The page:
From New World Encyclopedia
—  Designated city  —
大阪市 · Osaka City
Osaka Castle Park
Osaka Castle Park
Flag of Osaka
Location of Osaka in Osaka Prefecture
Location of Osaka in Osaka Prefecture
Coordinates: 34°42′N 135°30′E
Country Japan
Region Kansai
Prefecture Osaka
 - Mayor Hideyuki Yokoyama
 - Designated city 223.00 km² (86.1 sq mi)
Population (March 1, 2021)
 - Designated city 2,753,862
 - Density 12,214/km² (31,634.1/sq mi)
 - Metro 19,303,000
City Symbols
Tree Sakura
Flower Pansy
Website: Osaka Official Website

Osaka (大阪市 Ōsaka-shi) is a city in Japan, located at the mouth of the Yodo River on Osaka Bay, in the Kansai region of the main island of Honshū. The city is the capital of Osaka Prefecture. Often dubbed the second city of Japan, Osaka was historically the commercial capital of Japan, and is the heart of Japan's second largest, and the world's ninth largest metropolitan area. While at night time the population ranks third place in the country, in daytime it surges to be second only to Tokyo. The population of Osaka is considerably lower than its peak in the 1960s, and since the end of the 1990s, many major companies have moved their main offices to Tokyo. Recently the city has begun a program, to try to attract domestic and foreign in investment to the city.

Osaka is home to the innovative Kansai Airport, built on an artificial island in Osaka Bay and designed to withstand typhoons and earthquakes. Osaka is traditionally considered the "nation's kitchen" (天下の台所 tenka no daidokoro) or the gourmet food capital of Japan. The city has a long history and is home to many ancient shrines and temples, and to the famous Osaka Castle, built by Toyotomi Hideyoshi in the late sixteenth century.


The beginnings - Kofun period

Some of the earliest signs of habitation in the area of Osaka were found at the Morinomiya ruins (森の宮遺跡 ; Morinomiya iseki), with its shell mounds, including sea oyster shells and buried human skeletons from the fifth - sixth centuries B.C.E. It is believed that what is today the Uehonmachi area consisted of a peninsular land, with an inland sea in the east. During the Yayoi Period, permanent habitation on the plains grew as rice farming became popular.[1]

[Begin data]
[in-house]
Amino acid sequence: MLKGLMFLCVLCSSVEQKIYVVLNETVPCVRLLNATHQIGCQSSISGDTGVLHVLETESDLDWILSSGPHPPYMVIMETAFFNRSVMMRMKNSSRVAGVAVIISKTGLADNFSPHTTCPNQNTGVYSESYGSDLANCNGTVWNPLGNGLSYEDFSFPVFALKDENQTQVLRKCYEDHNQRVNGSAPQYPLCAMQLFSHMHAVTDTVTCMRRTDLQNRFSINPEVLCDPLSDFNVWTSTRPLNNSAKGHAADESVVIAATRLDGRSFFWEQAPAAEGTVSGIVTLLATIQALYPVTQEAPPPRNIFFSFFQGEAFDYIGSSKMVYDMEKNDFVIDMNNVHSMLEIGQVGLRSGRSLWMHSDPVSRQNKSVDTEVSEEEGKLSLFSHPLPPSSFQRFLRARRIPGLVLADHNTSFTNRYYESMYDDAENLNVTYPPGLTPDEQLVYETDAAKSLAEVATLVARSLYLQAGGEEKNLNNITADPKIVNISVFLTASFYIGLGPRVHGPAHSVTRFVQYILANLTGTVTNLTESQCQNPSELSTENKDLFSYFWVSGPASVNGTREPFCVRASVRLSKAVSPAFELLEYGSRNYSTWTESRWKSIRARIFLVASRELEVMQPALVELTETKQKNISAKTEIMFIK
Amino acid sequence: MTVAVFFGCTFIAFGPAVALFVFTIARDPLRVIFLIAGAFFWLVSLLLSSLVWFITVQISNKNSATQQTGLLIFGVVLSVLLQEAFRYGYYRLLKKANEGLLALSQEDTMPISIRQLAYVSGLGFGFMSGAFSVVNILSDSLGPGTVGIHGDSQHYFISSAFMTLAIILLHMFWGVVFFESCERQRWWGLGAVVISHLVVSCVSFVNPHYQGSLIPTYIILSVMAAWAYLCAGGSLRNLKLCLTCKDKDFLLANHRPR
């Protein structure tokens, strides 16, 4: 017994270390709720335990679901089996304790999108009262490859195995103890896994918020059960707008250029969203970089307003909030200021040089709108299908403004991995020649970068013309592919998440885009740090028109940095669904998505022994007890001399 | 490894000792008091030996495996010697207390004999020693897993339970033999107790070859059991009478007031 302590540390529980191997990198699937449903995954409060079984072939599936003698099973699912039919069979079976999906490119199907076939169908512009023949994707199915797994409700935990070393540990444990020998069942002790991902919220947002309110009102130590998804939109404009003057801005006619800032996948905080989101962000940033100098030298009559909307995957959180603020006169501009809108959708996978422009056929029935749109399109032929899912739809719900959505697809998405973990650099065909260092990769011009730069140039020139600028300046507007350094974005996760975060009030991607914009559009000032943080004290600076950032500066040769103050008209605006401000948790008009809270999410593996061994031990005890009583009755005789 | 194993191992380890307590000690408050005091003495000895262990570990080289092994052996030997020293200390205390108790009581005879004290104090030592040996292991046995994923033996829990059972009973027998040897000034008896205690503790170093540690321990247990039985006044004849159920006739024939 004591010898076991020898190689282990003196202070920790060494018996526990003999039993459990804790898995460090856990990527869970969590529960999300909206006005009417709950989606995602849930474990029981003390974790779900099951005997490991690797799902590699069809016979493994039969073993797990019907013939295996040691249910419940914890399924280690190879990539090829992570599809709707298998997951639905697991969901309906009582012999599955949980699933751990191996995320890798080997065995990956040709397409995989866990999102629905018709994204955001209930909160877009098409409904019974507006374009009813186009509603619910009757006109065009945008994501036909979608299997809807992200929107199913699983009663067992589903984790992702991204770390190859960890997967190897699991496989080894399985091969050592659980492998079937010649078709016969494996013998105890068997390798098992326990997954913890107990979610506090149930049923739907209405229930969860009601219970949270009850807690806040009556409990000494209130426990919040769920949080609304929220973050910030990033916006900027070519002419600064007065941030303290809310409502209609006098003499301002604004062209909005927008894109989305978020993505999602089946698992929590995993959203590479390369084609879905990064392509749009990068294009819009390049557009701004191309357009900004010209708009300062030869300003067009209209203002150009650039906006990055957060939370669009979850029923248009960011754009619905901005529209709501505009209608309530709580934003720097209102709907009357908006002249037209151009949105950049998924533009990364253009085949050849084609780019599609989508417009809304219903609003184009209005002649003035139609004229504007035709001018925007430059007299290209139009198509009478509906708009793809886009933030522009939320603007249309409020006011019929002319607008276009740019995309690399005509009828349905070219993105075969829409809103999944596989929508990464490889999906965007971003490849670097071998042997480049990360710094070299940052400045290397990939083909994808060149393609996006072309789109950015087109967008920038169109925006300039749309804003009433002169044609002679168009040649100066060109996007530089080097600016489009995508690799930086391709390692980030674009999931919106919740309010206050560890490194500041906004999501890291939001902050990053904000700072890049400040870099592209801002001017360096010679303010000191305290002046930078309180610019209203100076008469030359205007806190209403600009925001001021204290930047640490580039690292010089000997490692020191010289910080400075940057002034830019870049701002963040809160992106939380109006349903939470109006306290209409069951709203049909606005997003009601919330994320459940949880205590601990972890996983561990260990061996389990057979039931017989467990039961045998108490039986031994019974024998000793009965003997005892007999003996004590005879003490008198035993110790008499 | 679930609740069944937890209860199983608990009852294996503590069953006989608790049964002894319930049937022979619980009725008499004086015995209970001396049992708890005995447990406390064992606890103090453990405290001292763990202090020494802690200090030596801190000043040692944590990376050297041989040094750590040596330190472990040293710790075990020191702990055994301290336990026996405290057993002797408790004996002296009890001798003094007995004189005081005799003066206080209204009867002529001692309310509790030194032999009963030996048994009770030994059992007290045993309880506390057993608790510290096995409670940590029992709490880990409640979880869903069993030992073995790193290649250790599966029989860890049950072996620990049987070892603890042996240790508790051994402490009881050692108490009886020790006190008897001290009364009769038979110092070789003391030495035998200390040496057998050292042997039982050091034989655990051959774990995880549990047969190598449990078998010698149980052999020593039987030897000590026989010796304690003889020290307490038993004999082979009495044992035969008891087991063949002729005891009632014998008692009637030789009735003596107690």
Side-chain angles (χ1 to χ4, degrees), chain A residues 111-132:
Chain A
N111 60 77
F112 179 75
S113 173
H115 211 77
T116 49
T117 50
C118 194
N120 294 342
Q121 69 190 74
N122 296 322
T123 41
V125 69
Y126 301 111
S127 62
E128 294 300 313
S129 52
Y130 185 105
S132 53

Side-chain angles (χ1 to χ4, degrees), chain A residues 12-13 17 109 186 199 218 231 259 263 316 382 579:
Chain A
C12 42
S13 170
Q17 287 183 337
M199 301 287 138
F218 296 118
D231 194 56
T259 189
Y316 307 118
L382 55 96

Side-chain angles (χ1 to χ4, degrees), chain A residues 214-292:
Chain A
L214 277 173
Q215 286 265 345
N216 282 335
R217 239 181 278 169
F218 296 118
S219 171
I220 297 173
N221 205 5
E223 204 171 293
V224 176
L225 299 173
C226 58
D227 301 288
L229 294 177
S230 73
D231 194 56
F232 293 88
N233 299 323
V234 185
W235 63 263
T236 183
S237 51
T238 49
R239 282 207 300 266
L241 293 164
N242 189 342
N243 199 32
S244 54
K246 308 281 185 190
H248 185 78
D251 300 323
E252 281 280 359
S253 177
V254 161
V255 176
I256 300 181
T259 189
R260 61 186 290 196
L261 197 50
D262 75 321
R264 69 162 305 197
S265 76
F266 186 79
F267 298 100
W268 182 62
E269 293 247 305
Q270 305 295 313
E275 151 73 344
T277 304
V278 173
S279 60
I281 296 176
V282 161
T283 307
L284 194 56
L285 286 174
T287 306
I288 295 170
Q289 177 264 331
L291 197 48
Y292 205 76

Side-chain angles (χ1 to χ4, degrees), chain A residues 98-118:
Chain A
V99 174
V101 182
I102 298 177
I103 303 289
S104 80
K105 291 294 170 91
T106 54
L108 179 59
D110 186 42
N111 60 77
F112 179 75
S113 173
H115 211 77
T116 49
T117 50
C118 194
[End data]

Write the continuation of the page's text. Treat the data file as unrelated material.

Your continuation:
By the Kofun Period, Osaka had developed into a hub port, connecting the region to the western part of Japan. The large numbers, and the increasing size of, tomb mounds found in the plains of Osaka, are seen as evidence of a concentration of political power, leading to the formation of a state.[1]

Asuka and Nara period

In 645, Emperor Kōtoku built his palace (難波長柄豊碕宮 Naniwa-no-nagara-no-toyosaki-no-Miya) in Osaka, making this area the capital (Naniwa-kyō). The area which now comprises Osaka city was called Naniwa, a name which still exists as the names of districts in central Osaka as Naniwa (浪速) and Namba (難波). Though the capital was moved to Asuka (in Nara Prefecture today) in 655, Naniwa has always remained a vital connection, by land and sea, between Yamato (modern day Nara Prefecture), Korea, and China.[1][2]

In 744, Naniwa was once again briefly named capital by Emperor Shōmu, but the Imperial Court moved back to Heijō-kyō (now Nara) in 745. The city’s function as a sea port function was gradually taken over by neighboring lands by the end of Nara Period, but it remained a lively transit center for river, channel and land transportation between Heian-kyō (Kyoto today) and other destinations.

Heian - Edo period

Osaka Castle

In 1496, the Jōdo Shinshū Buddhist sect set up their headquarters, the heavily fortified Ishiyama Hongan-ji, on top of the ruins of the old Naniwa imperial palace. In 1570, Oda Nobunaga started a siege of the temple that lasted for ten years. The monks finally surrendered in 1580, the temple was razed, and Toyotomi Hideyoshi took the site for his own castle, Osaka Castle.

Osaka was for a long time Japan's most important economic center, with a large percentage of the population belonging to the merchant class. Over the course of the Edo period (1603–1867), Osaka grew into one of Japan's major cities and returned to its ancient role as a lively and important port. Developing in parallel with the urban culture of Kyoto and Edo, Osaka also featured bunraku and grand kabuki productions, pleasure quarters, and a lively artistic community.

Modern Osaka

The modern city was initially designated in 1889 by government ordinance, starting with an area of only 15 km², overlapping today's Chūō and Nishi wards. Later the city went through three major expansions to reach its current size of 222 km².